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12 materials of the future that could change the face of fashion

Given that the production and processing of materials makes up the majority of fashion’s carbon footprint, it’s no wonder there has been a renewed focus on textile innovation across the industry of late. Just this year, we’ve seen Stella McCartney launch its first bag made from Mylo, an alternative leather made from mushroom roots; Zara unveil its first products made from LanzaTech’s carbon-capturing material; and Gucci-owner Kering investing in lab-grown leather start-up VitroLabs.

It’s a welcome development for Nina Marenzi, founder of the Future Fabrics Expo, which is celebrating its 10th anniversary this year. “Ten years ago, it was just not understood why there was a need in the first place to have materials that have a lower environmental impact,” she tells Vogue. “[Now] it’s become very clear that unless you really are involved in these discussions [and] trying to establish these partnerships, you’re going to be left behind.”

Finding an alternative to traditional leather is one area that’s seen a large amount of innovation, given that the cattle industry as a whole is responsible for an estimated 14.5 per cent of greenhouse gas emissions globally. Among the frontrunners are mycelium-based materials, such as Mylo and MycoWorks, alongside plastic-free alternatives such as Mirum. “We’ve always said that if you move away from leather, you have to really look at what you are replacing it with,” Marenzi says. “And if you’re replacing it with plastic, that’s not right.”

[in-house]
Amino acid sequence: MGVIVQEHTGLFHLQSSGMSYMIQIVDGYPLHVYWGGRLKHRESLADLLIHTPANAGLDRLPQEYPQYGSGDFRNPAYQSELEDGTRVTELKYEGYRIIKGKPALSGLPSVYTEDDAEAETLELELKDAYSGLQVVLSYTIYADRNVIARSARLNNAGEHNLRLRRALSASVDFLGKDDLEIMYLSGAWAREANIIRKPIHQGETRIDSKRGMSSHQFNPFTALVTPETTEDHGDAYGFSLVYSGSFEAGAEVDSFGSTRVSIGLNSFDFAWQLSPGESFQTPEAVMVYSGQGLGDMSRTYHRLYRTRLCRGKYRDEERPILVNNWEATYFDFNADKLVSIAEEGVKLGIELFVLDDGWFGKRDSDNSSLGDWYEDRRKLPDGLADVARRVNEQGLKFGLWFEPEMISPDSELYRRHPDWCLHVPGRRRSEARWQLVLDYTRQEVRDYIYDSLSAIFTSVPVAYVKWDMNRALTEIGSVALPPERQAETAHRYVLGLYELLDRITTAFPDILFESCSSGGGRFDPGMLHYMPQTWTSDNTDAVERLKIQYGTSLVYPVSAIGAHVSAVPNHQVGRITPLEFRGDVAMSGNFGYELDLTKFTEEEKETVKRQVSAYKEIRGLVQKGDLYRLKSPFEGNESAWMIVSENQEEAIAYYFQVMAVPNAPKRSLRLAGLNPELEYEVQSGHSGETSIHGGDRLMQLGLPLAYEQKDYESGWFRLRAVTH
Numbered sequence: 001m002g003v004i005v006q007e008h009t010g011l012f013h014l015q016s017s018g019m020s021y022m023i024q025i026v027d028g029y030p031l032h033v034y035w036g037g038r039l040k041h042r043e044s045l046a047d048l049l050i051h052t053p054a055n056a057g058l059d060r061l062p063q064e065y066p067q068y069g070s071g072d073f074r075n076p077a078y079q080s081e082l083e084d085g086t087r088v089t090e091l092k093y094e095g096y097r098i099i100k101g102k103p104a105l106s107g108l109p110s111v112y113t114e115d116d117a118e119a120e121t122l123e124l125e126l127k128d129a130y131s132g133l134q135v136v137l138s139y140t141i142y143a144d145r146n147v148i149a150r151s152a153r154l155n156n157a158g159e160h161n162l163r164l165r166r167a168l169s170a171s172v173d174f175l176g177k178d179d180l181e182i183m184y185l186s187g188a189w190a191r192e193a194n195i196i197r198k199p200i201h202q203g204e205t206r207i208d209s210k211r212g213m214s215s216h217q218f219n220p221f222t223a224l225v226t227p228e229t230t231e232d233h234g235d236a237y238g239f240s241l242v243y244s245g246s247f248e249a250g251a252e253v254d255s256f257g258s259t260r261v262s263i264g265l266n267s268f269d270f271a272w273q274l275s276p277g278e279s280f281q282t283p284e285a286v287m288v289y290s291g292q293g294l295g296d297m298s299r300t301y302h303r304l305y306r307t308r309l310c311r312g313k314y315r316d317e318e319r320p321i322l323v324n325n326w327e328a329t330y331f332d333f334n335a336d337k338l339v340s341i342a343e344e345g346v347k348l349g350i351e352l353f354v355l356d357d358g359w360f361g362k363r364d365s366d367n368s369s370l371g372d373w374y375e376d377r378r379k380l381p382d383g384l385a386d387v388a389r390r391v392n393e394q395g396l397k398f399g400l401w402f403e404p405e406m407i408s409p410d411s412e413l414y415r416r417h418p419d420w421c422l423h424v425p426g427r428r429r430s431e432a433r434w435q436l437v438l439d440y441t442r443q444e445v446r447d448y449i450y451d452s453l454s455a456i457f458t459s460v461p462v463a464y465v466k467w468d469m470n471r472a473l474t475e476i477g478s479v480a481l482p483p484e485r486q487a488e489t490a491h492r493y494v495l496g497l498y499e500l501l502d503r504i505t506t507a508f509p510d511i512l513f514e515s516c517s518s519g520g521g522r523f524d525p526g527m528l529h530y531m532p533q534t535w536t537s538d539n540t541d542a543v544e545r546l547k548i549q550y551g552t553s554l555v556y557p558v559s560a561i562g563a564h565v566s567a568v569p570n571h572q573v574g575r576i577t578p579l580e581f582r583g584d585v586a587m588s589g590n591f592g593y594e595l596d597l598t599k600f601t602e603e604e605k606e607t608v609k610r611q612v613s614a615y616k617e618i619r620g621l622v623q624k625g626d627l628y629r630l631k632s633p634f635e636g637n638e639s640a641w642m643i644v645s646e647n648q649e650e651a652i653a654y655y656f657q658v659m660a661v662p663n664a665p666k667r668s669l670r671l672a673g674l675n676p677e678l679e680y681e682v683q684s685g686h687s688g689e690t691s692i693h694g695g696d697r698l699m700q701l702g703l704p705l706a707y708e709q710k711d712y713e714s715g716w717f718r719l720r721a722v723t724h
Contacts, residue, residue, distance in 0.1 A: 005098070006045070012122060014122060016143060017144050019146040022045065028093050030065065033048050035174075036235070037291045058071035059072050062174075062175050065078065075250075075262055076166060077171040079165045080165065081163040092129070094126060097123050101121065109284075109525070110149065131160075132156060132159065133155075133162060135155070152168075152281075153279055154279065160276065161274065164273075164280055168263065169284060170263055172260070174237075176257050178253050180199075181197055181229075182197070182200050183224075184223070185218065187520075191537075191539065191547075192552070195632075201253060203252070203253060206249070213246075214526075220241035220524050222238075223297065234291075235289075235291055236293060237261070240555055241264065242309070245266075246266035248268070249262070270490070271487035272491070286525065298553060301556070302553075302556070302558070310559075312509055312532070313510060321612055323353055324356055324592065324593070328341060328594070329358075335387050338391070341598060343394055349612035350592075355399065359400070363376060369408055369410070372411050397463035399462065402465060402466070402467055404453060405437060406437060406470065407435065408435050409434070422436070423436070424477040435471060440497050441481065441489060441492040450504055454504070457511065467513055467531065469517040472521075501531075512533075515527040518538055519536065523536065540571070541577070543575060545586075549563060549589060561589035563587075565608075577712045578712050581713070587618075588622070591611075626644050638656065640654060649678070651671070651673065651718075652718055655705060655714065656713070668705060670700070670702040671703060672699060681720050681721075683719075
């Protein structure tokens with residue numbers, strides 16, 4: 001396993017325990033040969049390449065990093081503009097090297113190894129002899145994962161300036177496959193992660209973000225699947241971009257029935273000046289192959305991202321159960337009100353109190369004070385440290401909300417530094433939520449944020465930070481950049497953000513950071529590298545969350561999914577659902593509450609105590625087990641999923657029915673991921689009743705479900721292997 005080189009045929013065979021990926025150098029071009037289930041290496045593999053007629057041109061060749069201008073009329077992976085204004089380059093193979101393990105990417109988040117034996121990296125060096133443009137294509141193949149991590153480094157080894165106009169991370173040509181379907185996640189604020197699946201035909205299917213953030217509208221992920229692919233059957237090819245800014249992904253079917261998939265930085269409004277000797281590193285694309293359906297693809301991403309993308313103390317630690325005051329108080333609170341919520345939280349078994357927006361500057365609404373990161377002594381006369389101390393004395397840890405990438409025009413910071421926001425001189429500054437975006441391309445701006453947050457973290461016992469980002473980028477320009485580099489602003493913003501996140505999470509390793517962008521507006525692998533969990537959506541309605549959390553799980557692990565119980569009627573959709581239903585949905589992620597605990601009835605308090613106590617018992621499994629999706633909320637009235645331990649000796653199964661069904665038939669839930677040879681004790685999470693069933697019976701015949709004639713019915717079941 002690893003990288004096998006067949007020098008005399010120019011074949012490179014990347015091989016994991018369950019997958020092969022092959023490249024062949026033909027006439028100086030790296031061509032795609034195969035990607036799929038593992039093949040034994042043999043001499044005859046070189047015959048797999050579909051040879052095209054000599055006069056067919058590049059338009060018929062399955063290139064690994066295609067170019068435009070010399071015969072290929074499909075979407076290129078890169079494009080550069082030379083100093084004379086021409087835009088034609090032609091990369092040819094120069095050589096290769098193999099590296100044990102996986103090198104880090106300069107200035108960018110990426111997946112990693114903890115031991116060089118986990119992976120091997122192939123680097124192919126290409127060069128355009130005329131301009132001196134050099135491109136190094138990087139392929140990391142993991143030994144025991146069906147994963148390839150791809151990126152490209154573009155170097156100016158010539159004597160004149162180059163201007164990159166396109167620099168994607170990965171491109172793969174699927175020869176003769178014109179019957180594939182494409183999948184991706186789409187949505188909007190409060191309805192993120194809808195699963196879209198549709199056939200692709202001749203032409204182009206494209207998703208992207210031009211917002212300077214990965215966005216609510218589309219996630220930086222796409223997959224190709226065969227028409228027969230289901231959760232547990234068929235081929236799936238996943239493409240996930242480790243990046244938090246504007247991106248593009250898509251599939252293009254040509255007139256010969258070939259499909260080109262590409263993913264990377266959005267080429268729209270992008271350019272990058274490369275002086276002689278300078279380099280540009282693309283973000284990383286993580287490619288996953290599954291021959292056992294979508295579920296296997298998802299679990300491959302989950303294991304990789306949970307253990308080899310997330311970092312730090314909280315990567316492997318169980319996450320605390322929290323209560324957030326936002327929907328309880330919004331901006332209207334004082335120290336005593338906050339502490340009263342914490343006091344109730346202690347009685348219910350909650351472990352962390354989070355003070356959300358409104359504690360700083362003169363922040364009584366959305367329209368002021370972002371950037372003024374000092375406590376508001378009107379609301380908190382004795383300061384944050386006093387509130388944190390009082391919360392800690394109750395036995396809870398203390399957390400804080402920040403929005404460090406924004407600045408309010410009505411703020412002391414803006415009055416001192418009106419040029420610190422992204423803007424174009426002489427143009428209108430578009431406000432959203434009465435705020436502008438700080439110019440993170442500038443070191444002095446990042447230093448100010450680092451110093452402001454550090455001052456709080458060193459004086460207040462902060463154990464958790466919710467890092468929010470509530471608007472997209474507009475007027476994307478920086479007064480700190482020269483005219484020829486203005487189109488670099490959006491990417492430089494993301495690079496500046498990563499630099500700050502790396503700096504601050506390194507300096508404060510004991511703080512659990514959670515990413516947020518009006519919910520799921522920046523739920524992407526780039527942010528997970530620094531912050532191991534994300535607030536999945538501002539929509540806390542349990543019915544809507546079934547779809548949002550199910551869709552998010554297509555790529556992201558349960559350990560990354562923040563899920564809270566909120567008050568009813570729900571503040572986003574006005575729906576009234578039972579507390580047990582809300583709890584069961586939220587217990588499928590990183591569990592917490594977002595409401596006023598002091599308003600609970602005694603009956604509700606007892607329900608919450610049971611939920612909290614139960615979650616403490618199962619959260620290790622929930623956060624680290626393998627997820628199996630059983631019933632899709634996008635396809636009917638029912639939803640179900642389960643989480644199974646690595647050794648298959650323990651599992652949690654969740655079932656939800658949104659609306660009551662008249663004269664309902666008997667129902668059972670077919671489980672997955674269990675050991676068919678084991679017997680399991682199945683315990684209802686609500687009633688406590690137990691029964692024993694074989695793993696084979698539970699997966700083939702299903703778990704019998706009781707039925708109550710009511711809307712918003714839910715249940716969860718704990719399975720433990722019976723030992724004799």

There’s also been a drive towards developing recycled textiles using post-consumer waste, which has been a huge challenge for the industry to date (often, recycled materials used in fashion come from manufacturing waste or other industries, with plastic bottles being a prime example). “Even five years ago, when there was talk about textile-to-textile recycling, people were thinking that’s something [for further] in the future; it’s too far away,” Marenzi continues. “But if you show them pioneering trials, and say, ‘Look, this is possible’, then we can actually scale it.”

Meanwhile, bio-based alternatives to synthetics, including Clarus, which turns natural fibres into high-performance materials, and Kintra, a corn-based polyester that’s fully biodegradable, are also on the rise.

Below, see 12 of the most exciting materials of the future you need to know now.

Leather alternatives


Backed by Stella McCartney, Adidas, Gucci-owner Kering and Lululemon, Mylo is an “un-leather” made from mycelium, or fungi roots. Large sheets of fluffy foam are grown from fungal cells, before going through the regular tanning process that animal hides undergo. While primarily made from bio-based materials, Mylo is not completely plastic-free – although it has set a goal of eliminating synthetic content altogether.


Like Mylo, MycoWorks’ Reishi material is made from mycelium sheets, which are grown from specially-engineered cells and fed using agricultural waste. The sheets are then treated via a chromium-free tanning process, with no synthetic materials required. MycoWorks launched its first products with Hermès last year, as well as securing $125 million in funding to help it grow in January.